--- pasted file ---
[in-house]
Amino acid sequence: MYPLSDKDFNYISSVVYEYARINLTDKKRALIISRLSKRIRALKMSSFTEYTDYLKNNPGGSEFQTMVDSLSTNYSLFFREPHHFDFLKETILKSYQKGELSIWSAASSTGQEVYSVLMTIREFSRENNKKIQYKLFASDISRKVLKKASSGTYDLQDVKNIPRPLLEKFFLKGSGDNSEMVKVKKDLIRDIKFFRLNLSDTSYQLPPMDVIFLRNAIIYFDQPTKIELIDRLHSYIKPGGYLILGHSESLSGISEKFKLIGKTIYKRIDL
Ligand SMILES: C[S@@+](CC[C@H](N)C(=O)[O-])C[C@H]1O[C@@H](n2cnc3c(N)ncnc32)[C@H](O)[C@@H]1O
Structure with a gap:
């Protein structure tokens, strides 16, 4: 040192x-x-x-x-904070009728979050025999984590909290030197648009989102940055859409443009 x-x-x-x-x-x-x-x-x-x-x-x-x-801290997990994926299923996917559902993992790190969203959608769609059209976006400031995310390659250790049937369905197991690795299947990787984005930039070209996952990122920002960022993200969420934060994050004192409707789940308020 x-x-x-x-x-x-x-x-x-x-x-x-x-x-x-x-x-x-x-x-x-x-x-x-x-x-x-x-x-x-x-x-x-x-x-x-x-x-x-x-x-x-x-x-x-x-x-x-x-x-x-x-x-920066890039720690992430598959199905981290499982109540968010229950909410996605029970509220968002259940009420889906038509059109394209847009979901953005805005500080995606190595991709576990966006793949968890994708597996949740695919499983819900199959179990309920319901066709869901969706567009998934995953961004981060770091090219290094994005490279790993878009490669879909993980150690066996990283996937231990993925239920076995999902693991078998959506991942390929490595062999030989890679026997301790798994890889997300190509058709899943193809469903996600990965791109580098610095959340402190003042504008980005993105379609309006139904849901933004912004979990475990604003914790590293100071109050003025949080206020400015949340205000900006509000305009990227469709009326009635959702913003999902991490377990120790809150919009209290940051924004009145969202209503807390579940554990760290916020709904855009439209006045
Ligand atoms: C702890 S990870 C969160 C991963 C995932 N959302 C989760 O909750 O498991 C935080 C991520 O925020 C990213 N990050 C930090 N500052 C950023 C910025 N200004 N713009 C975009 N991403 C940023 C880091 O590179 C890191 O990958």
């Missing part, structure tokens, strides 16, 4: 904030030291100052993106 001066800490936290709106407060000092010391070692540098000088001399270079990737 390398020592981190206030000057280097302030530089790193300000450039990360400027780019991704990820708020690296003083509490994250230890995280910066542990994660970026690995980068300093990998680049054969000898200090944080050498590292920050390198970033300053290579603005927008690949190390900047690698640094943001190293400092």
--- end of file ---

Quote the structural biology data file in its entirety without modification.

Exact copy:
[in-house]
Amino acid sequence: MYPLSDKDFNYISSVVYEYARINLTDKKRALIISRLSKRIRALKMSSFTEYTDYLKNNPGGSEFQTMVDSLSTNYSLFFREPHHFDFLKETILKSYQKGELSIWSAASSTGQEVYSVLMTIREFSRENNKKIQYKLFASDISRKVLKKASSGTYDLQDVKNIPRPLLEKFFLKGSGDNSEMVKVKKDLIRDIKFFRLNLSDTSYQLPPMDVIFLRNAIIYFDQPTKIELIDRLHSYIKPGGYLILGHSESLSGISEKFKLIGKTIYKRIDL
Ligand SMILES: C[S@@+](CC[C@H](N)C(=O)[O-])C[C@H]1O[C@@H](n2cnc3c(N)ncnc32)[C@H](O)[C@@H]1O
Structure with a gap:
């Protein structure tokens, strides 16, 4: 040192x-x-x-x-904070009728979050025999984590909290030197648009989102940055859409443009 x-x-x-x-x-x-x-x-x-x-x-x-x-801290997990994926299923996917559902993992790190969203959608769609059209976006400031995310390659250790049937369905197991690795299947990787984005930039070209996952990122920002960022993200969420934060994050004192409707789940308020 x-x-x-x-x-x-x-x-x-x-x-x-x-x-x-x-x-x-x-x-x-x-x-x-x-x-x-x-x-x-x-x-x-x-x-x-x-x-x-x-x-x-x-x-x-x-x-x-x-x-x-x-x-920066890039720690992430598959199905981290499982109540968010229950909410996605029970509220968002259940009420889906038509059109394209847009979901953005805005500080995606190595991709576990966006793949968890994708597996949740695919499983819900199959179990309920319901066709869901969706567009998934995953961004981060770091090219290094994005490279790993878009490669879909993980150690066996990283996937231990993925239920076995999902693991078998959506991942390929490595062999030989890679026997301790798994890889997300190509058709899943193809469903996600990965791109580098610095959340402190003042504008980005993105379609309006139904849901933004912004979990475990604003914790590293100071109050003025949080206020400015949340205000900006509000305009990227469709009326009635959702913003999902991490377990120790809150919009209290940051924004009145969202209503807390579940554990760290916020709904855009439209006045
Ligand atoms: C702890 S990870 C969160 C991963 C995932 N959302 C989760 O909750 O498991 C935080 C991520 O925020 C990213 N990050 C930090 N500052 C950023 C910025 N200004 N713009 C975009 N991403 C940023 C880091 O590179 C890191 O990958």
């Missing part, structure tokens, strides 16, 4: 904030030291100052993106 001066800490936290709106407060000092010391070692540098000088001399270079990737 390398020592981190206030000057280097302030530089790193300000450039990360400027780019991704990820708020690296003083509490994250230890995280910066542990994660970026690995980068300093990998680049054969000898200090944080050498590292920050390198970033300053290579603005927008690949190390900047690698640094943001190293400092």